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Hydrology and Earth System Sciences An interactive open-access journal of the European Geosciences Union
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https://doi.org/10.5194/hessd-10-8683-2013
© Author(s) 2013. This work is distributed under
the Creative Commons Attribution 3.0 License.
https://doi.org/10.5194/hessd-10-8683-2013
© Author(s) 2013. This work is distributed under
the Creative Commons Attribution 3.0 License.

  03 Jul 2013

03 Jul 2013

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This preprint has been withdrawn by the authors.

ESOLIP – estimate of solid and liquid precipitation at sub-daily time resolution by combining snow height and rain gauge measurements

E. Mair1, G. Bertoldi1, G. Leitinger2, S. Della Chiesa1,2, G. Niedrist1,2, and U. Tappeiner1,2 E. Mair et al.
  • 1Institute for Alpine Environment, European Academy of Bozen – EURAC, Drususallee 1, 39100 Bozen, Italy
  • 2Institute of Ecology, University of Innsbruck, Sternwartestraße 15, 6020 Innsbruck, Austria

Abstract. Measuring precipitation in mountain areas is a demanding task, but essential for hydrological and environmental themes. Especially in small Alpine catchments with short hydrological response, precipitation data with high temporal resolution are required for a better understanding of the hydrological cycle. Since most climate/meteorological stations are situated at the easily accessible bottom of valleys, and the few heated rain gauges installed at higher elevation sites are problematic in winter conditions, an accurate quantification of winter (snow) precipitation at high elevations remains difficult. However, there are an increasing number of micro-meteorological stations and snow height sensors at high elevation locations in Alpine catchments. To benefit from data of such stations, an improved approach to estimate solid and liquid precipitation (ESOLIP) is proposed. ESOLIP allows gathering hourly precipitation data throughout the year by using unheated rain gauge data, careful filtering of snow height sensors as well as standard meteorological data (air temperature, relative humidity, global shortwave radiation, wind speed). ESOLIP was validated at a well-equipped test site in Stubai Valley (Tyrol, Austria), comparing results to winter precipitation measured with a snow pillow and a heated rain gauge. The snow height filtering routine and indicators for possible precipitation were tested at a field site in Matsch Valley (South Tyrol, Italy). Results show a good match with measured data because variable snow density is taken into account, which is important when working with freshly fallen snow. Furthermore, the results show the need for accurate filtering of the noise of the snow height signal and they confirm the unreliability of heated rain gauges for estimating winter precipitation. The described improved precipitation estimate ESOLIP at sub-daily time resolution is helpful for precipitation analysis and for several hydrological applications like monitoring systems and rainfall-runoff models.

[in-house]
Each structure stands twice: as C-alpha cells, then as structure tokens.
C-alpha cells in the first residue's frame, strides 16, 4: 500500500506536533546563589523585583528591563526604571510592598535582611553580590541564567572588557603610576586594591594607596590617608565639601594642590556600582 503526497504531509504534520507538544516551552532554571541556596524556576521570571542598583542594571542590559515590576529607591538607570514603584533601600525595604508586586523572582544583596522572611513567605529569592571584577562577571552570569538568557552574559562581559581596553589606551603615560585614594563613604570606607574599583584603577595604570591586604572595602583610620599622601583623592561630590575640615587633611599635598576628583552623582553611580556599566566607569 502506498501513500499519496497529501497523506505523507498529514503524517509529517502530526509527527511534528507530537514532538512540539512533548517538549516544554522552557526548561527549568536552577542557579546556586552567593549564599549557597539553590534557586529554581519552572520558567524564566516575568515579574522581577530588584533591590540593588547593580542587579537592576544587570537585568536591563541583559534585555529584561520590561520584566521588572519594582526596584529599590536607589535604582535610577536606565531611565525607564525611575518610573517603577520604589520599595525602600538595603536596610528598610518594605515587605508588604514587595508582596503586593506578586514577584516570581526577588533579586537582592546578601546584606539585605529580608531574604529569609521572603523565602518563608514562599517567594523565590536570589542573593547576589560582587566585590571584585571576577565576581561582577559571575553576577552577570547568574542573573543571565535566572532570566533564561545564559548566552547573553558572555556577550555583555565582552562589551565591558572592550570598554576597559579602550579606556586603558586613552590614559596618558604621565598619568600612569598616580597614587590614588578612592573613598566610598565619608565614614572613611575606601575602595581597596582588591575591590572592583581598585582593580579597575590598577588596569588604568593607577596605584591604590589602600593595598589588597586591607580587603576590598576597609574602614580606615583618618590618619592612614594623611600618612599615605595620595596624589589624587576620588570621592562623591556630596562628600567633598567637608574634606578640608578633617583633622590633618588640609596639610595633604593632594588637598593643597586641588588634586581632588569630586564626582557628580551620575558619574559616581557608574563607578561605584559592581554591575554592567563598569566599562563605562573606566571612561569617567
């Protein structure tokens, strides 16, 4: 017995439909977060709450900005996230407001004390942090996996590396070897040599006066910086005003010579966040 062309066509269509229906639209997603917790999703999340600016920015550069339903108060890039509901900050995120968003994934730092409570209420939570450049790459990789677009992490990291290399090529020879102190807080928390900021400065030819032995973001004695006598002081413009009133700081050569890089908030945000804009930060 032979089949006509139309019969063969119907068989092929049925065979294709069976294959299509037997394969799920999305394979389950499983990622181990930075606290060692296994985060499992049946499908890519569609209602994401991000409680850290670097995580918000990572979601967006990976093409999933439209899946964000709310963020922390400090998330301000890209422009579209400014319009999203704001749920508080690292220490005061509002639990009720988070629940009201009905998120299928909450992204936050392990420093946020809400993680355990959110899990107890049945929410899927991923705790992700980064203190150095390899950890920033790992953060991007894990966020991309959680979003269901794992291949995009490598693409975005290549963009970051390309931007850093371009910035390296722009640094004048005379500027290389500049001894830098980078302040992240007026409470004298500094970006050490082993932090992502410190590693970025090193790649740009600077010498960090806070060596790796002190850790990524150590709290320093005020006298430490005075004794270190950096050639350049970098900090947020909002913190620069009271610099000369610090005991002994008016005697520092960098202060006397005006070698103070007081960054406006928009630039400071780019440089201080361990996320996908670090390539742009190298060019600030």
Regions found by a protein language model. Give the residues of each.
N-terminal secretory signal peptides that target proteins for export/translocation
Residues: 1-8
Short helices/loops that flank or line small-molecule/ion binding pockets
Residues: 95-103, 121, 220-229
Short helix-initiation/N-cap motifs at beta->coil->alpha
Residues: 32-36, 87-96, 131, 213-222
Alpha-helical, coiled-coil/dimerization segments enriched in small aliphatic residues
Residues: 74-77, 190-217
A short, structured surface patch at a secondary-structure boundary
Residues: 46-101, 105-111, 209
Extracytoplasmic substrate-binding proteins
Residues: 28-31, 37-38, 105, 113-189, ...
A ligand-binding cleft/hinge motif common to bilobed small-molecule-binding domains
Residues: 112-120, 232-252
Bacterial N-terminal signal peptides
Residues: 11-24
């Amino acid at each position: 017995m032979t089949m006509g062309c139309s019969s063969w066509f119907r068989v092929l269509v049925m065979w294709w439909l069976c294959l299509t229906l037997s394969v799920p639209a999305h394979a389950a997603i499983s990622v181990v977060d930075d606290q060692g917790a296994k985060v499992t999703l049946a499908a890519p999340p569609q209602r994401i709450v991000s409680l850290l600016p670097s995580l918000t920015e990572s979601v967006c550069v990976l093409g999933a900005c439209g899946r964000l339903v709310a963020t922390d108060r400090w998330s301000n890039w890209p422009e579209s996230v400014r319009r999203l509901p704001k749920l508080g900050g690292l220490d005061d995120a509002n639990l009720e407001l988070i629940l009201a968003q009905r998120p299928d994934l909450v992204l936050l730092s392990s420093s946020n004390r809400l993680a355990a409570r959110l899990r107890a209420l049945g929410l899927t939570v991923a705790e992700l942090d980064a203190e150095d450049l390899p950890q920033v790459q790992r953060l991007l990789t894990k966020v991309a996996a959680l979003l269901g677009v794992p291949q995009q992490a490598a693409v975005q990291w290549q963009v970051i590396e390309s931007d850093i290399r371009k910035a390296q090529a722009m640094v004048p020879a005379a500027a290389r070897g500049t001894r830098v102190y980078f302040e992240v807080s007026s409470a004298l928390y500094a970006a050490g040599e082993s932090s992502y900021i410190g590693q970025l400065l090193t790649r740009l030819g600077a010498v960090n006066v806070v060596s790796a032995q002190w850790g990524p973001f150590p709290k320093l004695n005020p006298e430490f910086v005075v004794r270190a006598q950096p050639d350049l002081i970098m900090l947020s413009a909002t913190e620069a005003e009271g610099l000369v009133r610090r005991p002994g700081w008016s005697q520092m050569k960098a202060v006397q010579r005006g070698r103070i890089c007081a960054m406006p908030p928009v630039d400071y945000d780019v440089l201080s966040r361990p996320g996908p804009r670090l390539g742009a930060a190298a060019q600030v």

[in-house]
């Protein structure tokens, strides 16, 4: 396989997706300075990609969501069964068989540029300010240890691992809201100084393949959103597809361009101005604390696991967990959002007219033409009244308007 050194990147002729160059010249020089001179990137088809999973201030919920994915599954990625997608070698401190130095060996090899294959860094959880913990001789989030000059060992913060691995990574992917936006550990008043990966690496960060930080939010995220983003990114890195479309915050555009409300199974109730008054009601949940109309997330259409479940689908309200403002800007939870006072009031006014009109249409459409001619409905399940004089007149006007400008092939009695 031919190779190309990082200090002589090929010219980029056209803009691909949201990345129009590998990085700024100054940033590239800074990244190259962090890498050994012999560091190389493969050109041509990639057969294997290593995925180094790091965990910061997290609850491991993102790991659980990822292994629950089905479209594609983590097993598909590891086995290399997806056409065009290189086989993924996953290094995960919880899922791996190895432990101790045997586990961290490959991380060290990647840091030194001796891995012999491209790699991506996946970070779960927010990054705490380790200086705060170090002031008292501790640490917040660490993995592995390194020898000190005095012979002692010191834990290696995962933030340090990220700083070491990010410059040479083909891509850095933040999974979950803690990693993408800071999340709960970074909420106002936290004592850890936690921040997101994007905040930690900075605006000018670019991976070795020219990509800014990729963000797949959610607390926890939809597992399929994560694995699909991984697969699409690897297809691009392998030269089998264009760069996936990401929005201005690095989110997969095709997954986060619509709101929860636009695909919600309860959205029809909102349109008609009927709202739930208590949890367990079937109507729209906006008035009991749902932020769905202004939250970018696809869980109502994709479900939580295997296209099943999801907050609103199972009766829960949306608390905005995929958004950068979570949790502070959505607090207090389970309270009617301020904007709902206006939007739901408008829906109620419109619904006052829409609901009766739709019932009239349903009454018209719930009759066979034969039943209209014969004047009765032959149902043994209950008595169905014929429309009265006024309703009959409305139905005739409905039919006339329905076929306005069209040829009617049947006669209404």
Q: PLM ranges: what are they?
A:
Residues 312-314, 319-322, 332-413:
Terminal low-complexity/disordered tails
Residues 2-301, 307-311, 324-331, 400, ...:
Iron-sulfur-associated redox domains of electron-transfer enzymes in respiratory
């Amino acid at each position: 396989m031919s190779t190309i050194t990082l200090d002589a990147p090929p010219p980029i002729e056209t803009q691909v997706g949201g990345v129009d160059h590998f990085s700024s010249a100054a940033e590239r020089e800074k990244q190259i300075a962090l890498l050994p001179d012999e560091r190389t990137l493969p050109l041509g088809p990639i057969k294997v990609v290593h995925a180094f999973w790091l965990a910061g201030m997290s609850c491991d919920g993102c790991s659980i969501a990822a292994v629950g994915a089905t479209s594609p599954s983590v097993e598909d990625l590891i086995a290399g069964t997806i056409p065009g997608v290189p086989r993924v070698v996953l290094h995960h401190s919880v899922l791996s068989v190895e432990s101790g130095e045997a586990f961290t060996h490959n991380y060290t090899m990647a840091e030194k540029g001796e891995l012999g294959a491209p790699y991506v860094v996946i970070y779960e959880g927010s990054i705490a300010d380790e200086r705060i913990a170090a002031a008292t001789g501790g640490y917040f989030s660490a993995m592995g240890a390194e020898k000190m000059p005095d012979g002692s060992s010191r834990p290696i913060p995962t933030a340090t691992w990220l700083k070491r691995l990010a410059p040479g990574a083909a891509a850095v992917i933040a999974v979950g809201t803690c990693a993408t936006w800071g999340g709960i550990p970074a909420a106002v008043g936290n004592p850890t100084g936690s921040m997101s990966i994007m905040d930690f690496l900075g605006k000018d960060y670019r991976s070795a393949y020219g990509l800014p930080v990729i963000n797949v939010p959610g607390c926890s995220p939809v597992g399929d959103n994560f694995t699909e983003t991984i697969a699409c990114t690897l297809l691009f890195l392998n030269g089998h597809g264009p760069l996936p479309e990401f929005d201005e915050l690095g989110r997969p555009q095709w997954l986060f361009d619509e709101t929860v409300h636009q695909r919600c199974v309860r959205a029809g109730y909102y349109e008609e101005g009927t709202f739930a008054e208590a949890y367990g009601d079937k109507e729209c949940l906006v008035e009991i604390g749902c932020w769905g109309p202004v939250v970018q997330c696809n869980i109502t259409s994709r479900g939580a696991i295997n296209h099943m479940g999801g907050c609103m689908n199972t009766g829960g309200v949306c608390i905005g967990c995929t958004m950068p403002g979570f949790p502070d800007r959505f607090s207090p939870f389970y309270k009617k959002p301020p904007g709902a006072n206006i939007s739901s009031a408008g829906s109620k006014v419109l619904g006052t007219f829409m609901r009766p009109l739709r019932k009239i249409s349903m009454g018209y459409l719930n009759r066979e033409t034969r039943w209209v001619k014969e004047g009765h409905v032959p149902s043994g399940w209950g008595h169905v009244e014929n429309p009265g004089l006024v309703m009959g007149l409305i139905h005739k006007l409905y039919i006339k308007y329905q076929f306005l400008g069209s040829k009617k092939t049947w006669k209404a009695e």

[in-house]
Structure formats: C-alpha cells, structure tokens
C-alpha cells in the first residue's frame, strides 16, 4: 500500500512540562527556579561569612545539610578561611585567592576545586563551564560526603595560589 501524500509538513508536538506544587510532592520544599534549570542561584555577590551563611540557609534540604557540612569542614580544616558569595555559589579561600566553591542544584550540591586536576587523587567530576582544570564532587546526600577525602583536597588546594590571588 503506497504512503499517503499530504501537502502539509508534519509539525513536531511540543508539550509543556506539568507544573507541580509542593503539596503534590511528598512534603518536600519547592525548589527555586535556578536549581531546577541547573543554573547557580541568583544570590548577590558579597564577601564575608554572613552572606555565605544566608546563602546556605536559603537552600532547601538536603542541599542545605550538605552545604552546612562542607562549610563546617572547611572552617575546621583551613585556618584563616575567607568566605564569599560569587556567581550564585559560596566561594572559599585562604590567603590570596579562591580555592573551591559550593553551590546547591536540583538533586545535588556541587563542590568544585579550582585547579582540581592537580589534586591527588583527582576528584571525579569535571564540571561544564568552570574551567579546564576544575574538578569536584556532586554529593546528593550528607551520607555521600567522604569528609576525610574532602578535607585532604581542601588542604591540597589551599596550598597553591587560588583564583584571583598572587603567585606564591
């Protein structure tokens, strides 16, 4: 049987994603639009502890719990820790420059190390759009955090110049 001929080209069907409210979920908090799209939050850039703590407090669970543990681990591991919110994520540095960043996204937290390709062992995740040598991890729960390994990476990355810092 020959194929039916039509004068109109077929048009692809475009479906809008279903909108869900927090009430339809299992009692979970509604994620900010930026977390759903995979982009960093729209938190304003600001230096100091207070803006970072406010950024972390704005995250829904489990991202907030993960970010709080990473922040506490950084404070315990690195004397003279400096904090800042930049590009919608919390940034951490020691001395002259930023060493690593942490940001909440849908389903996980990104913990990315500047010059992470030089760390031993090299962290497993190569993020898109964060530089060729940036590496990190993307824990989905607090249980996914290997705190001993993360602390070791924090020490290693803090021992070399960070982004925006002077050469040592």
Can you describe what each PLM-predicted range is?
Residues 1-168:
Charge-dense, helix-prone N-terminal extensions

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E. Mair et al.

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E. Mair et al.

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